Every time President Trump unfavorably tweets about a company, things seem to start to fall apart. Angeli Kakade (@angelikakade) has the story.
Nordstrom says it dropped Ivanka Trump’s brand because the dresses, heels, and jewelry weren’t big sellers. But the decision nonetheless aligned with the political views of some of the upscale retail chain’s employees.
President Trump, Ivanka’s father, finished a distant third among Nordstrom workers who made individual campaign contributions during the presidential race, a USA TODAY analysis of 2015-2016 Federal Election Commission data shows.
Democrat Hillary Clinton, a former U.S. secretary of state, took first place, receiving $38,232 from 60 donors whose employer was identified as Nordstrom in the data. Sen. Bernie Sanders, I-Vt., claimed second place, collecting $13,196 from 33 contributors.
Trump collected $2,556 from 17 Nordstrom donors, the campaign financial data shows.
The employees joined Erik Nordstrom, a co-president of the company, who gave $2,700 to Clinton’s campaign last year. Shellye Archambeau, a Nordstrom board member and CEO of Metricstream, similarly gave $1,000 to Clinton in 2016, the FEC data shows.
The 110 Nordstrom-employee donors represent a fraction of the company’s roughly 76,000 full- and part-time employees, so their political opinions aren’t necessarily a proxy for the collective views of all their work colleagues.
Nordstrom had no comment on the political contributions. However, Co-Presidents Peter, Blake and Erik Nordstrom sent a Jan. 31 email to company employees that broadly characterized the chain’s workforce while referring to Trump’s executive order that temporarily restricts immigration from seven Muslim-majority countries.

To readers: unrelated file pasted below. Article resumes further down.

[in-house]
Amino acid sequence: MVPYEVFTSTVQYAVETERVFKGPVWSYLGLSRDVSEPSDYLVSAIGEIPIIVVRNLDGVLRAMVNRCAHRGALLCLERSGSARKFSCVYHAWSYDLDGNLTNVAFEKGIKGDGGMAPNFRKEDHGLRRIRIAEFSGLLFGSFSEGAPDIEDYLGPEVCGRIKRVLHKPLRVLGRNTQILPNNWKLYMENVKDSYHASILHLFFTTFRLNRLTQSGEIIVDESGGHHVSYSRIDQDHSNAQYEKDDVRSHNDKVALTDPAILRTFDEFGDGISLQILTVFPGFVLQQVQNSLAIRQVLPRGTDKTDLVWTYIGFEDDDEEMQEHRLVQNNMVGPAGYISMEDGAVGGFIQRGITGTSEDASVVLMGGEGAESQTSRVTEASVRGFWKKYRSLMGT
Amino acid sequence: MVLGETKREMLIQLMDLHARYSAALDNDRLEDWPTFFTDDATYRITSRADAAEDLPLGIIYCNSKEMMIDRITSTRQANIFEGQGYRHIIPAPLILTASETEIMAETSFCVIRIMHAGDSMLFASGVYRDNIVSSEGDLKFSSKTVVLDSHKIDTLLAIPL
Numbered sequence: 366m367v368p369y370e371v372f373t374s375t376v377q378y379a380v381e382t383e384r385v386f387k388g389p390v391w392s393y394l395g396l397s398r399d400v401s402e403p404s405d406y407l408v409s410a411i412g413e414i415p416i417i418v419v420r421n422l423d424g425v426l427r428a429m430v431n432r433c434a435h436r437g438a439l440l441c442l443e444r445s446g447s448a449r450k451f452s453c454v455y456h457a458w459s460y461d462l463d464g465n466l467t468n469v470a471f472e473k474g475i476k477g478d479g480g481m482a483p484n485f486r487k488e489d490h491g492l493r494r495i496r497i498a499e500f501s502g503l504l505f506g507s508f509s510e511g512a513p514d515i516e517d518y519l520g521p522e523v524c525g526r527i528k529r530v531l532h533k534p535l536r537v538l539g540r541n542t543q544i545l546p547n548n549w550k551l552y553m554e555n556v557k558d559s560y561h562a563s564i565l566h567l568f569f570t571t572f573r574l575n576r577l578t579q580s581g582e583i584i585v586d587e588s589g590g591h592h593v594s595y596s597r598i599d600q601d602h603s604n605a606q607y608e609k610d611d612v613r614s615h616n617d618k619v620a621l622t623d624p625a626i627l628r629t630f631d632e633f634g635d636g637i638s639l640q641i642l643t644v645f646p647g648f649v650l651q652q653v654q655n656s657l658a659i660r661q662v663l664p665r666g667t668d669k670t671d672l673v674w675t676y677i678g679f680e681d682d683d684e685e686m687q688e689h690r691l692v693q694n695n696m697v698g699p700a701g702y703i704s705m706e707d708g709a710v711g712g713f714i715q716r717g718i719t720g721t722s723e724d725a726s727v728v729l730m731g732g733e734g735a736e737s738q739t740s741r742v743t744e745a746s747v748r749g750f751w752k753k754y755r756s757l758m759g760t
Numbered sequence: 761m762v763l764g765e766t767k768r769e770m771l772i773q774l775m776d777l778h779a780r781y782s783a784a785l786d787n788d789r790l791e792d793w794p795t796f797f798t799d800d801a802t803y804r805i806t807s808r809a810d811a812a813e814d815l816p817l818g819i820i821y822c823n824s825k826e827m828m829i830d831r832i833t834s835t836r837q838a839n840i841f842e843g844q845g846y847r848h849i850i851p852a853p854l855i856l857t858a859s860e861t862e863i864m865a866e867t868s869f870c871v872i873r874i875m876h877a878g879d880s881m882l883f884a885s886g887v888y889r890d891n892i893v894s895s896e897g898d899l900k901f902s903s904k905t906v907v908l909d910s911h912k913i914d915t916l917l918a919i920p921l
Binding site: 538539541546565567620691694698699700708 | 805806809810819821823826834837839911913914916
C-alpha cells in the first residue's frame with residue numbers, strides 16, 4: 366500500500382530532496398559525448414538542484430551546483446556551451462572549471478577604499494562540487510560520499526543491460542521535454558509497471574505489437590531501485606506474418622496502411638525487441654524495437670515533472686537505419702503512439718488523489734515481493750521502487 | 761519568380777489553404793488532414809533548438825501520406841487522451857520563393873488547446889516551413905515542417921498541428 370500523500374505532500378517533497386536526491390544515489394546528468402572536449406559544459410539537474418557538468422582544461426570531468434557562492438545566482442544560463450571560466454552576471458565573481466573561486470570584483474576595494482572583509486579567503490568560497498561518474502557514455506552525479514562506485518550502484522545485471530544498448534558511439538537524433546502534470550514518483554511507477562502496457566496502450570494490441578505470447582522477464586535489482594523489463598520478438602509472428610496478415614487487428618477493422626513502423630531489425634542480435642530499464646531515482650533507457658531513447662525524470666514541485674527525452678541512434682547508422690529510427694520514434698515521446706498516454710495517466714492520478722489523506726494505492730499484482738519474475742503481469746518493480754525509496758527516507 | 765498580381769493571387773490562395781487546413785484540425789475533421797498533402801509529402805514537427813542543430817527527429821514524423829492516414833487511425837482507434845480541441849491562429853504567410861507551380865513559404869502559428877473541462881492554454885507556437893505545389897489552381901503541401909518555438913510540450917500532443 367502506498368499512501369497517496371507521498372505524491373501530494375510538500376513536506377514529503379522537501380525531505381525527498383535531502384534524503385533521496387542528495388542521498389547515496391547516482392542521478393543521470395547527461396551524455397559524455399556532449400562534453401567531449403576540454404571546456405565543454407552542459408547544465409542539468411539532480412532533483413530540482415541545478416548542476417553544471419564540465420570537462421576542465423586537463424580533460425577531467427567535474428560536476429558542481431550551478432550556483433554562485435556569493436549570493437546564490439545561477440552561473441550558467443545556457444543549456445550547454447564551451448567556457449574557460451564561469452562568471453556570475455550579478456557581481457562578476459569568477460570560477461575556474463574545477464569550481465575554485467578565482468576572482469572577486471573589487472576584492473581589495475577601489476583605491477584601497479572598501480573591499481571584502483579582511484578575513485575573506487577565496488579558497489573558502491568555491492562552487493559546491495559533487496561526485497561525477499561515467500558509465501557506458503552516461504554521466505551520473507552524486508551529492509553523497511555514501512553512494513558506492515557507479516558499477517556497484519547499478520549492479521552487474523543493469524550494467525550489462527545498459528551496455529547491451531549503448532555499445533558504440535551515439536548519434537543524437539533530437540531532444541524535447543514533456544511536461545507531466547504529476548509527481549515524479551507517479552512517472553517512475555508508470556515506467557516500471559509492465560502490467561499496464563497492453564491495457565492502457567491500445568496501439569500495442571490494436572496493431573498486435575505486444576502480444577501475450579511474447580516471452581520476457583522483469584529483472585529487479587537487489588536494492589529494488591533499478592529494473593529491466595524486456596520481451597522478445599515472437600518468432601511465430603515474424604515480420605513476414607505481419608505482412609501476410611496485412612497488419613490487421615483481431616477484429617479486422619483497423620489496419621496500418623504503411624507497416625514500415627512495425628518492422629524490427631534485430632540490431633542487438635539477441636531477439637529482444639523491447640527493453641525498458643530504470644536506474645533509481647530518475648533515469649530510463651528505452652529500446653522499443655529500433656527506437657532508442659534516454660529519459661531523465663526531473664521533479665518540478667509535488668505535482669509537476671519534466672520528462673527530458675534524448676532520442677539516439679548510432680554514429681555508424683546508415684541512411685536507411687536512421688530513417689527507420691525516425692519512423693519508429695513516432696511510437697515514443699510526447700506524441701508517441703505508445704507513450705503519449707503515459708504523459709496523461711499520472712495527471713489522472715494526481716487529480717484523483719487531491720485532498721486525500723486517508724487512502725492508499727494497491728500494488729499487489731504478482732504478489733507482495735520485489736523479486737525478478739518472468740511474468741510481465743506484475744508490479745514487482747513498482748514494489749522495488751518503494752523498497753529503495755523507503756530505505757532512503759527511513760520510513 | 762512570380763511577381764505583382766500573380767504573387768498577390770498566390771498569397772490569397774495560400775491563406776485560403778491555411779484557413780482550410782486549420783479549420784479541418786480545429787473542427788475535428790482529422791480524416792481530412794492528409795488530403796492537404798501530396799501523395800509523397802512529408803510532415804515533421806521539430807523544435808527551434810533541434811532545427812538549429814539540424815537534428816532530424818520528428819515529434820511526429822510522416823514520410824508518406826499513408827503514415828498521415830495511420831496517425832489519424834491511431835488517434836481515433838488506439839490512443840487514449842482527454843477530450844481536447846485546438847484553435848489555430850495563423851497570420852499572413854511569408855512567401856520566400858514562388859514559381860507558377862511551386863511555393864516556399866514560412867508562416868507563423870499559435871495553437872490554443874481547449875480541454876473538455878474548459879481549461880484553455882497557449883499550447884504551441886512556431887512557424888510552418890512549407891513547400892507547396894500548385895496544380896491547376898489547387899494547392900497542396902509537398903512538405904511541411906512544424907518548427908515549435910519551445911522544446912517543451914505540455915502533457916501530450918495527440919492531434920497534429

“We literally have thousands of employees who are first and second generation immigrants,” the email said. “Every one of your unique qualities brings a richness that allows us to better reflect and serve the multi-cultured communities we’re a part of and ultimately makes us a better company.”
The message ended with a promise of support for employees directly or indirectly affected by the new restrictions.
Nordstrom is one of the nation’s largest upscale retailers, with 348 stores in 40 U.S. states and Canada that sell a broad variety of clothes, shoes, and accessories made by such well-known brands as Chanel, Christian Louboutin, David Yurman, Bobbi Brown and kate spade new york.
Nordstrom announced its decision on Ivanka Trump’s fashion line on Feb. 2 amid what the company characterized as sales that have “steadily declined to the point where it didn’t make good business sense for us to continue with the line for now.”
The decision displeased the nation’s new father-in-chief. Trump fired back on Wednesday, tweeting: “My daughter Ivanka has been treated so unfairly by @Nordstrom. She is a great person — always pushing me to do the right thing! Terrible!”
That blast added Nordstrom to a roster of more than 60 companies that have been targets of Trump Twitter tirades since his November election victory, according to a Yahoo Finance tally.
Unlike some others on the list, the Seattle-based company suffered no signs of any major financial hit from the White House ire.
Nordstrom (JWN) shares dipped soon after Trump’s tweet, but recovered within minutes and closed with a 4.1% trading gain that day at $44.53. The stock notched a 2.3% gain on Thursday, the day when Trump adviser Kellyanne Conway publicly urged the nation to buy Ivanka Trump fashions online — advice that prompted ethics criticism and admonitions. The stock ended the week 2.5% higher at $45.
Follow USA TODAY reporter Kevin McCoy on Twitter: @kmccoynyc
Read or Share this story: http://usat.ly/2kuVrwM